Blog by Steve Laug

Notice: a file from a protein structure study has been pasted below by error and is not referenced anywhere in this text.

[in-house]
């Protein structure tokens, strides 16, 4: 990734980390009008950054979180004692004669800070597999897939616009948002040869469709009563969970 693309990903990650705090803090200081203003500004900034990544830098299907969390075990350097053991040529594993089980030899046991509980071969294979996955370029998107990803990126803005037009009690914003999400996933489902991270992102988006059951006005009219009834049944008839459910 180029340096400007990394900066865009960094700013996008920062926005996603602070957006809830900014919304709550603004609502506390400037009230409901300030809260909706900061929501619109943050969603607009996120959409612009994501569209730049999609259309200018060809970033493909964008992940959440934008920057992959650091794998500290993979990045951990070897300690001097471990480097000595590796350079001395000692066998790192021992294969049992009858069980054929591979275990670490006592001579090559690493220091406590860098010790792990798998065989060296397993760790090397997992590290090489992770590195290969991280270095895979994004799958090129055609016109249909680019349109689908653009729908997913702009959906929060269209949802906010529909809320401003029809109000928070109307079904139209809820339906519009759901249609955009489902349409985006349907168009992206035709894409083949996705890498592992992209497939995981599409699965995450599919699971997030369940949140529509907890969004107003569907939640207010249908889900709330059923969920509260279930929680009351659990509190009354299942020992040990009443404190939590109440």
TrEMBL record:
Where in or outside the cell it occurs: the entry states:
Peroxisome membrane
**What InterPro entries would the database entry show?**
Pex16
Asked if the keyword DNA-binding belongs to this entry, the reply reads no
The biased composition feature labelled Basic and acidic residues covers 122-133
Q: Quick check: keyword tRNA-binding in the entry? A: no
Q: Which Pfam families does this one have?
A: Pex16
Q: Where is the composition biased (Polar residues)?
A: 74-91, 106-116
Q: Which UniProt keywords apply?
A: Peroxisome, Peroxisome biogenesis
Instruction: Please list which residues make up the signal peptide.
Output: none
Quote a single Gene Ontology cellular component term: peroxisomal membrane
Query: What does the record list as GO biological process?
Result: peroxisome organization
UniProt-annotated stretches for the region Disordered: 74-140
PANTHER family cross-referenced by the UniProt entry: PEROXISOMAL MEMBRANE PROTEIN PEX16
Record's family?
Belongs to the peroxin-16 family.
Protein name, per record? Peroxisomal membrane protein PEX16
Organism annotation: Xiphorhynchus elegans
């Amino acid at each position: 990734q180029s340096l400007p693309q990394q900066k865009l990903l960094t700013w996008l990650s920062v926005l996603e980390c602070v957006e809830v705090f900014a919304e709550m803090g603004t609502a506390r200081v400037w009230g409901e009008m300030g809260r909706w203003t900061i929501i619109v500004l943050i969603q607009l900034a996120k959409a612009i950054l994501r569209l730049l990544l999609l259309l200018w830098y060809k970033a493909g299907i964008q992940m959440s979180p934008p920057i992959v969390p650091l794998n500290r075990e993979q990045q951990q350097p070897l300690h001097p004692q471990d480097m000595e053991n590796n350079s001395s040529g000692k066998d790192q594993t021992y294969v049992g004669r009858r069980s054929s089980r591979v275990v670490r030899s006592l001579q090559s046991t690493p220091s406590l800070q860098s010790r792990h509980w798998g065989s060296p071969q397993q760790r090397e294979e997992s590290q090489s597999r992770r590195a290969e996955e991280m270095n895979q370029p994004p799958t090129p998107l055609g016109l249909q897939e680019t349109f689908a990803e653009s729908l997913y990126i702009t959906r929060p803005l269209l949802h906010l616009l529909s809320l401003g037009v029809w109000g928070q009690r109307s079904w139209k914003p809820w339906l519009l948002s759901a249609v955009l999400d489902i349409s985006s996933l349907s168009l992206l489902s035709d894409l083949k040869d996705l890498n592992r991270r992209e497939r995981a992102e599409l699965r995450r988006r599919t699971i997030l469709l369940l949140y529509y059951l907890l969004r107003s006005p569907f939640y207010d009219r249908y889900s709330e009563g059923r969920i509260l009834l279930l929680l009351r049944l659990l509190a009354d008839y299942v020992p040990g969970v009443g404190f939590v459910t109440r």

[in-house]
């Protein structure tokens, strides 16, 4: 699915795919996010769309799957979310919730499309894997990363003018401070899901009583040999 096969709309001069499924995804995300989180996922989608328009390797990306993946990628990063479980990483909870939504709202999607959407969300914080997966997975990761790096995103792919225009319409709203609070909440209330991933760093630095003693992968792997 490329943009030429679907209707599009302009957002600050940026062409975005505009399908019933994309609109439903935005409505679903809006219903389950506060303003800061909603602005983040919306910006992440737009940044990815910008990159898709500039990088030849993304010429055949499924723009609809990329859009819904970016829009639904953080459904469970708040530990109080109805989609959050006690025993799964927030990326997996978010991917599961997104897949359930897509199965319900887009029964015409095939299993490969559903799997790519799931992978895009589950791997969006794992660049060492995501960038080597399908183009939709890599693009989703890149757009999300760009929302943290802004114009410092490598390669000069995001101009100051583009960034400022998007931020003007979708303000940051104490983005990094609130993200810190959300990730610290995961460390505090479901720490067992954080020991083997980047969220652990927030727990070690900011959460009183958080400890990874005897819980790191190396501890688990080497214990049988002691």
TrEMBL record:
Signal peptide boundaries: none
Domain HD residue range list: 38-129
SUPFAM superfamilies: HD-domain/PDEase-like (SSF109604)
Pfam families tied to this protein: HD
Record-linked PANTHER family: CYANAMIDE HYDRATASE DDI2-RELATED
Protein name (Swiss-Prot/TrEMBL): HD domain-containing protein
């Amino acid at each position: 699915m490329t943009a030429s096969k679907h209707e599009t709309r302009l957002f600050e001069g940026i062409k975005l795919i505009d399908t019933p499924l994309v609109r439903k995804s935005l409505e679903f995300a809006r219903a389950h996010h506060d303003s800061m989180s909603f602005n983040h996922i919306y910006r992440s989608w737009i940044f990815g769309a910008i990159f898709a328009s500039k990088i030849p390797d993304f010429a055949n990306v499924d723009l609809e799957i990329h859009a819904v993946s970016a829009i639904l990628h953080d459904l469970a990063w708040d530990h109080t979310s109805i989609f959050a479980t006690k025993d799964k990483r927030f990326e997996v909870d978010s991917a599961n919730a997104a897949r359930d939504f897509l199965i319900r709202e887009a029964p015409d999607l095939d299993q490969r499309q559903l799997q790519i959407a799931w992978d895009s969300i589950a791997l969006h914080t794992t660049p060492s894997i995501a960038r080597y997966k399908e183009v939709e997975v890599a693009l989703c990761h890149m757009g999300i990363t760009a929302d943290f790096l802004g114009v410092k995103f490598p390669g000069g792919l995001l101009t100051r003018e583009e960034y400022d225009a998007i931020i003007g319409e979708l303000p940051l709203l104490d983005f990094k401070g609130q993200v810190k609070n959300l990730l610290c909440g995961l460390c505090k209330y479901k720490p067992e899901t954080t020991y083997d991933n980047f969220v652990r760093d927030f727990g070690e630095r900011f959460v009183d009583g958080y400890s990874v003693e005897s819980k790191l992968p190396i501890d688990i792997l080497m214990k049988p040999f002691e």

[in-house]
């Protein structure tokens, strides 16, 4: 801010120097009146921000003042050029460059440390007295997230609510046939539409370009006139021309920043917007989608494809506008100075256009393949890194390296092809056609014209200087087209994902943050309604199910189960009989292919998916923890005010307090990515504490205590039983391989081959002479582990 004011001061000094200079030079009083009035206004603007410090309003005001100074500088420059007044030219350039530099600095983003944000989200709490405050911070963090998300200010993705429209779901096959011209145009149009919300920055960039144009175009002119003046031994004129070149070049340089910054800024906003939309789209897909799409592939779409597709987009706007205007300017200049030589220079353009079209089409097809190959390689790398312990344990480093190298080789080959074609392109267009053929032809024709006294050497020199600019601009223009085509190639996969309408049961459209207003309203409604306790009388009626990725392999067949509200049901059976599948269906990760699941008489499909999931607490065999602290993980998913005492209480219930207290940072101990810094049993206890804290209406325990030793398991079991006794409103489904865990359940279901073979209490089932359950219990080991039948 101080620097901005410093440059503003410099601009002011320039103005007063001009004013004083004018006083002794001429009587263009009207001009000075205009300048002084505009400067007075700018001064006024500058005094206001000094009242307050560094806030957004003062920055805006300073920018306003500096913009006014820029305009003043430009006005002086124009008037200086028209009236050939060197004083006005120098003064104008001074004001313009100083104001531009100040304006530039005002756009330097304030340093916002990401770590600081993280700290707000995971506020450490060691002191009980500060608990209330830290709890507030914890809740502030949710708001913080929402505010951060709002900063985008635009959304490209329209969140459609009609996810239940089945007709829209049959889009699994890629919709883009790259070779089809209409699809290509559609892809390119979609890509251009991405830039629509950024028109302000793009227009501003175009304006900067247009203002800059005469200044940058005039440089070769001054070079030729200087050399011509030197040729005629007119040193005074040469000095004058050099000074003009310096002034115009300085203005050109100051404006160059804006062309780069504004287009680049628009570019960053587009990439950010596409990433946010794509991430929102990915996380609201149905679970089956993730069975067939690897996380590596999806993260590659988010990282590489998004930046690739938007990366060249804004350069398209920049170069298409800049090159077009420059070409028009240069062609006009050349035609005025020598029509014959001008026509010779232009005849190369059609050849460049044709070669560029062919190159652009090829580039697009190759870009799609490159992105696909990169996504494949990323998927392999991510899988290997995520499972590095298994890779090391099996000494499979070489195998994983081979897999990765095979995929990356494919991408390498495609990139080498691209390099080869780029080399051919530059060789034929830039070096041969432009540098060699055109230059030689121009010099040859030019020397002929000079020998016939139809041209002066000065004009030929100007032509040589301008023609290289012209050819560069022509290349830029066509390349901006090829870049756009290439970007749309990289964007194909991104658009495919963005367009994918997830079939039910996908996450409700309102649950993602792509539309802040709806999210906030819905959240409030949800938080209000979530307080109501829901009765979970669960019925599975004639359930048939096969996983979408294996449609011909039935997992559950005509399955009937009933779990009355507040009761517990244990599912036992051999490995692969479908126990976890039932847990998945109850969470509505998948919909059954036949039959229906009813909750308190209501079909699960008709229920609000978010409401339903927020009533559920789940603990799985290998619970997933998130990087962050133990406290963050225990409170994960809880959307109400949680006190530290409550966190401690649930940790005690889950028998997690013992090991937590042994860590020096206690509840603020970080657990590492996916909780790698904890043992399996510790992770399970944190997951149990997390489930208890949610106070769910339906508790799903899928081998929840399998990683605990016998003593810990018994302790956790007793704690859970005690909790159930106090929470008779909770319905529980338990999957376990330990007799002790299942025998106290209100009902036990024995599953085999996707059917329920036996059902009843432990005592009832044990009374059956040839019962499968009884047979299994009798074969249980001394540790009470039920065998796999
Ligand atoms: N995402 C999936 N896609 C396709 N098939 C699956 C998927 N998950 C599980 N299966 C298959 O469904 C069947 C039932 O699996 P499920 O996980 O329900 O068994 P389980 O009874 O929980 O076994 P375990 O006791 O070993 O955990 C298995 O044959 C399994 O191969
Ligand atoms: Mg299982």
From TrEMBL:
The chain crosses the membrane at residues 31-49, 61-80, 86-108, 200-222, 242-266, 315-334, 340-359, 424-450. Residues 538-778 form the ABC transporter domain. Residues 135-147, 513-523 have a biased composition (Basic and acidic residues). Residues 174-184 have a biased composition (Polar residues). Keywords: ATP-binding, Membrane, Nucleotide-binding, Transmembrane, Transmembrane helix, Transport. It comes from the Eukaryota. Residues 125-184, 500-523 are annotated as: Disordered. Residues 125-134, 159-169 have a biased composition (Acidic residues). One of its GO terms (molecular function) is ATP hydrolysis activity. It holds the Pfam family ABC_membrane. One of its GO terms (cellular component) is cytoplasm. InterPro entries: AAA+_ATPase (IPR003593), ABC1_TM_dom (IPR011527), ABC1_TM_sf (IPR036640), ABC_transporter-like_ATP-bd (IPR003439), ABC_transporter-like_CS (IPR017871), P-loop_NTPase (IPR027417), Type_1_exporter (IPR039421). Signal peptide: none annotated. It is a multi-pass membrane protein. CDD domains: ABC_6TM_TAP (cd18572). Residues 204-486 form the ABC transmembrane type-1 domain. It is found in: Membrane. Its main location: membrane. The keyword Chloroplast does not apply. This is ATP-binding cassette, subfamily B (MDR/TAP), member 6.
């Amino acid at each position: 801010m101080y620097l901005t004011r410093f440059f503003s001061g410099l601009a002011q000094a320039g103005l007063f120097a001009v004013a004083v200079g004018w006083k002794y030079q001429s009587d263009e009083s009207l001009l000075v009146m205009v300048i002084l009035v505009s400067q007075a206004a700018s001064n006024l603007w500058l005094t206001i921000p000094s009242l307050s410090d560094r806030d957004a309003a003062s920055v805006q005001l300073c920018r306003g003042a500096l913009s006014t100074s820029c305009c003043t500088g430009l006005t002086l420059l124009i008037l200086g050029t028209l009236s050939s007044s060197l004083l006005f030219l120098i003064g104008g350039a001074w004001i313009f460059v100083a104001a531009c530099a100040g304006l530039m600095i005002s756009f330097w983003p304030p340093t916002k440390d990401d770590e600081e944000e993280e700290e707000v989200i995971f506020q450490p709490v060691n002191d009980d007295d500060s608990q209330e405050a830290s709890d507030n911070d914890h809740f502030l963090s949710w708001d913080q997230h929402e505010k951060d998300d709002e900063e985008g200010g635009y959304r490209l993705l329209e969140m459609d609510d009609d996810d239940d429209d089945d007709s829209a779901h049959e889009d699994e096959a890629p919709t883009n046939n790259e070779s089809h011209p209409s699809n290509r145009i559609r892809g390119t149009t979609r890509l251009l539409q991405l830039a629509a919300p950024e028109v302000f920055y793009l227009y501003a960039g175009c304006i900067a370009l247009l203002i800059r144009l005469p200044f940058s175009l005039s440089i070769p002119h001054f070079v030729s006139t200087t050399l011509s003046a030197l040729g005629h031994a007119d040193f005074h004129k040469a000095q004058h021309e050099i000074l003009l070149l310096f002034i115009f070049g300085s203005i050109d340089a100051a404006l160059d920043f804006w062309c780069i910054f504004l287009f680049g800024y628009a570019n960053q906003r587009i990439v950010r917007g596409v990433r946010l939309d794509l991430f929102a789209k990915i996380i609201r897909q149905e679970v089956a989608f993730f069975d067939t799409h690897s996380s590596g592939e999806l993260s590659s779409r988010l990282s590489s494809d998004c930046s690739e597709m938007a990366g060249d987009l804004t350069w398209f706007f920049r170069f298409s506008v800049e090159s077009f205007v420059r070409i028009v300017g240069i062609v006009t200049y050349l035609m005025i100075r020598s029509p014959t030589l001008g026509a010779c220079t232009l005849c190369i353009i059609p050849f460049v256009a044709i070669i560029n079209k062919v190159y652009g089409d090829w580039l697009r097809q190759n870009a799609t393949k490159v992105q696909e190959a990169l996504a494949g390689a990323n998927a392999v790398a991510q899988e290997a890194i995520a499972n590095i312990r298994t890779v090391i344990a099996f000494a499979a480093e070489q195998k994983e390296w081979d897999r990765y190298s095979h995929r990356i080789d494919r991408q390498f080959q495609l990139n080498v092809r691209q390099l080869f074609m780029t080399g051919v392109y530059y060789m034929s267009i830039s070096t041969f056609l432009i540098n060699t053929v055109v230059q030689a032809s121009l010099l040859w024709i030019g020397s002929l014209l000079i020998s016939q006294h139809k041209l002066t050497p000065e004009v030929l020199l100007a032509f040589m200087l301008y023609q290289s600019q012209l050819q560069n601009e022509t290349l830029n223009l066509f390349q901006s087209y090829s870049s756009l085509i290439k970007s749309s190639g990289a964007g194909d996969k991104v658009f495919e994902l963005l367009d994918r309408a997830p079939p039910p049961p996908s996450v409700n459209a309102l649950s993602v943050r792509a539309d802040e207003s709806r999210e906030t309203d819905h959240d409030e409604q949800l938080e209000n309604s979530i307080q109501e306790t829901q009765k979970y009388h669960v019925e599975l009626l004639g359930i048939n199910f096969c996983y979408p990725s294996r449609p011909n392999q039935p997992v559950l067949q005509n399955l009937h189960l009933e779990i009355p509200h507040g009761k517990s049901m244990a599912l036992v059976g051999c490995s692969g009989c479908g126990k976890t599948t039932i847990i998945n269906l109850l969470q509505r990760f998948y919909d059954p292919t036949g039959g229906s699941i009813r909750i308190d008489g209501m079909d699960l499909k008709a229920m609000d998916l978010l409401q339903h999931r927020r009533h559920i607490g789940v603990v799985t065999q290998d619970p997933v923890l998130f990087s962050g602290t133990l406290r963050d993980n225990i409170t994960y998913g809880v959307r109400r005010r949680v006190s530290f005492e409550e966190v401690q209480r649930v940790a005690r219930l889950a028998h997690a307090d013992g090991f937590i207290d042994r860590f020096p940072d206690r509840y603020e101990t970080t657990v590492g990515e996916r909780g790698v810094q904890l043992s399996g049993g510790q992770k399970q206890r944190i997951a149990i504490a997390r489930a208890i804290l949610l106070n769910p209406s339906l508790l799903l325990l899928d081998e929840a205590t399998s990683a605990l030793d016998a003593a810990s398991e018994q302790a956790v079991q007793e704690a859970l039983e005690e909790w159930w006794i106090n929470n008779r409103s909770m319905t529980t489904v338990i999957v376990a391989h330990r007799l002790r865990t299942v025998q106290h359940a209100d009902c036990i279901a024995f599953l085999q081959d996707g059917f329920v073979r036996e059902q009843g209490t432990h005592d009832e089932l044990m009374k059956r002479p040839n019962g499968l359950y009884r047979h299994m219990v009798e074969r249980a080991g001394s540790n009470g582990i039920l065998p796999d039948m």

When I saw the pictures of the way this pipe looked – at least the first picture I thought it was in pretty decent shape. The finish was a little worn; particularly some of the high spots on the sand blast had worn off. The smooth patches were also worn and lifeless. The back edge of the rim looked really rough – as if the pipe had been knocked about on concrete or another hard surface to remove the dottle from the bowl. It was ragged. The inner edge of the rim also looked worn and the cake in the bowl was a bit odd looking – as if it was partially removed. It seemed heavier on one side than the other. The stem looked okay in the first picture but the second hinted that all was not well with it either.The close up photos reveal the issues that I hinted at above. The first shows the strangely caked bowl – heavily built up toward the left side and rear of the bowl as well as the rough back rim top and edge of the bowl. The inner edge of the rim also looks like it has taken some damage. The second photo shows the slight cap at the stem junction that to my mind spoke of a tarry and caked mortise that kept the stem from seating properly. The finish also shows some wear in the photos. The pipe is stamped Royal Danish and Made in Denmark. The shape number is 936 which is a Stanwell shape.The next two photos show the issues with the stem. There were tooth marks on the top and underside of the stem that went from quite deep to very shallow. The button top and bottom were worn down and had deep tooth marks. There was also a heavy build up of oxidation on the stem. The stem logo on the top is very faint. It made me wonder if I would be able to feel it with my finger once it arrived in Canada.I am so glad my brother does the heavy work on cleaning out these pipes. I have reamed and cleaned out the shanks of a lot of pipes and I can’t say that I miss it. I still get to do my share of cleanups on pipes that I find but these that he sends me come ready for the restoration process. He scrubbed the exterior of the bowl with Murphy’s Oil Soap and was able to remove the wax and tars on bowl and rim. He reamed the bowl back to bare briar and scrubbed out the mortise and the airway in the shank and stem. When it arrived the stain was quite washed out and the stem was really oxidized. The damaged rim top was very visible and it was in rough shape. I took some close up photos of the rim and the stem when it arrived here. The roughness of the rim top and inner edge are seen in the first photo. The tooth marks and wear on the stem top and underside in the second and third photos. My brother had cleaned out the mortise so the stem fit tightly against the shank so my guess mentioned above about a dirty mortise appears to have been correct. The crown logo on the top of the stem could hardly be felt by touch. I started sanding the stem then decided to run a few pipe cleaners and alcohol through the airway in the stem and shank as well as in the mortise. They were quite clean and did not take too much work to remove the little bit of debris that was still left.I sanded the rim lightly to take away the roughness but still leave the finish looking like the sand blasted portion of the rim that had not been damaged. I stained the bowl with a dark brown stain mixed 50/50 with isopropyl alcohol. I applied the stain and flamed it and repeated the process until the coverage was what I was looking for. I wanted the dark stain in the deep grain of blast to show through the brown top stain.I hand buffed the bowl with a microfibre cloth to raise a shine and to give an even look to the finish. The photos below show the pipe at this point in the process.In the second photo below the rim surface is visible. There will need to be some contrast applied to the finish to make it blend in and not look merely “less damaged”.To address the contrast issue on the rim mentioned above I used a black Sharpie Pen to provide some darkening in the crevices of the pitted surface. I used a dark brown stain pen to give the top coat over the black stain.I sanded the inner edge of the rim with a folded piece of 220 grit sandpaper to smooth out the roughened inner edge. In retrospect I probably should have done this before staining the bowl but I did not so I put it in the order I did the work. In the second photo below you can see how the contrast stain worked on the rim top.When I finished sanding I stained the inner edge of the rim with the dark brown stain pen and added some streaks of black Sharpie pen to give it some contrast. I buffed the rim lightly Blue Diamond on the buffing wheel and with a microfibre cloth. The photos below show the pipe bowl after buffing. Notice the change to the rim after the sanding, staining and buffing. I set the bowl aside and worked on the issues with the stem. I sanded the area around the button on both sides of the stem with 220 grit sandpaper and scrubbed the deeper tooth marks with cotton swabs and alcohol. Once they were clean I filled the deeper marks and built up the button surface with black super glue.I sanded the repairs once they had cured with 220 grit sandpaper to smooth them into the surface of the stem. I reshaped the top of the button on both sides of the stem with the sandpaper.The edge of the button on the underside of the stem was still rough so I used a needle file to shape and sharpen the straight edge.I wet sanded the stem with 1500-2400 micromesh sanding pads. I rubbed the stem down with Before & After Pipe Stem Deoxidizer and a paper towel to further remove the oxidation on the stem. I polished the stem with Before & After Pipe Polish both Fine and Extra Fine with paper towels. The stem was beginning to shine. I sanded the stem once again with the micromesh sanding pads using 1500-12000 grit pads. Each successive grit of sanding pad added more shine and depth to the shine. The more I polished the stem the more the crown logo disappeared.I buffed the pipe with Blue Diamond on the buffing wheel and then gave the stem multiple coats of carnauba wax. I rubbed the bowl down with Conservator’s Wax by hand. I buffed the pipe with a clean buffing pad to raise the shine. I hand buffed the pipe with a microfibre cloth to deepen the shine. The finished pipe is shown in the photos below. The pipe is clean and looks new. The restoration brought it back to life. Thanks for looking.